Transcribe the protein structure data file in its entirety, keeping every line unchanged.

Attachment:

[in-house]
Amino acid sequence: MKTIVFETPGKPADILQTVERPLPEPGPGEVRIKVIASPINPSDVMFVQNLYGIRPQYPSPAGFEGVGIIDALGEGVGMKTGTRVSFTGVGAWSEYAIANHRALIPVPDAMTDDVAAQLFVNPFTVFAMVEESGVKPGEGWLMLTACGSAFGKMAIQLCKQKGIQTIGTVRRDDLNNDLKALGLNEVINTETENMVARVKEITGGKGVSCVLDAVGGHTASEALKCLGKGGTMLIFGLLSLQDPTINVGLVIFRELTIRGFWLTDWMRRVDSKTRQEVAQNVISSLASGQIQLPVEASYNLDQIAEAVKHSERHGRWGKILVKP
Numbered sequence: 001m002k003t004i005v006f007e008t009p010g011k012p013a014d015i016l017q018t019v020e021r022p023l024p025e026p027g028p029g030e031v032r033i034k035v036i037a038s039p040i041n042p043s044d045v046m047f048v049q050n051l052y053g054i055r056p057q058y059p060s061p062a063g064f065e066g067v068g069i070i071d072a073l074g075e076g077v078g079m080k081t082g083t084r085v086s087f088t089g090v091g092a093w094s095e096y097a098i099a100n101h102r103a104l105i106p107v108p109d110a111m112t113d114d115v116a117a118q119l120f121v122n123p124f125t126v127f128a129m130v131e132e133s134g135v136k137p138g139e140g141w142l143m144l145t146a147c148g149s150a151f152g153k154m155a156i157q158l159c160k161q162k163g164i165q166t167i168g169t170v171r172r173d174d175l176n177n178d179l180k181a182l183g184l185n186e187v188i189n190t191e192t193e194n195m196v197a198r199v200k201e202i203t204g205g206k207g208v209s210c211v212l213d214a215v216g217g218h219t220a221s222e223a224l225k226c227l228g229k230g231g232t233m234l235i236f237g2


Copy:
[in-house]
Amino acid sequence: MKTIVFETPGKPADILQTVERPLPEPGPGEVRIKVIASPINPSDVMFVQNLYGIRPQYPSPAGFEGVGIIDALGEGVGMKTGTRVSFTGVGAWSEYAIANHRALIPVPDAMTDDVAAQLFVNPFTVFAMVEESGVKPGEGWLMLTACGSAFGKMAIQLCKQKGIQTIGTVRRDDLNNDLKALGLNEVINTETENMVARVKEITGGKGVSCVLDAVGGHTASEALKCLGKGGTMLIFGLLSLQDPTINVGLVIFRELTIRGFWLTDWMRRVDSKTRQEVAQNVISSLASGQIQLPVEASYNLDQIAEAVKHSERHGRWGKILVKP
Numbered sequence: 001m002k003t004i005v006f007e008t009p010g011k012p013a014d015i016l017q018t019v020e021r022p023l024p025e026p027g028p029g030e031v032r033i034k035v036i037a038s039p040i041n042p043s044d045v046m047f048v049q050n051l052y053g054i055r056p057q058y059p060s061p062a063g064f065e066g067v068g069i070i071d072a073l074g075e076g077v078g079m080k081t082g083t084r085v086s087f088t089g090v091g092a093w094s095e096y097a098i099a100n101h102r103a104l105i106p107v108p109d110a111m112t113d114d115v116a117a118q119l120f121v122n123p124f125t126v127f128a129m130v131e132e133s134g135v136k137p138g139e140g141w142l143m144l145t146a147c148g149s150a151f152g153k154m155a156i157q158l159c160k161q162k163g164i165q166t167i168g169t170v171r172r173d174d175l176n177n178d179l180k181a182l183g184l185n186e187v188i189n190t191e192t193e194n195m196v197a198r199v200k201e202i203t204g205g206k207g208v209s210c211v212l213d214a215v216g217g218h219t220a221s222e223a224l225k226c227l228g229k230g231g232t233m234l235i236f237g2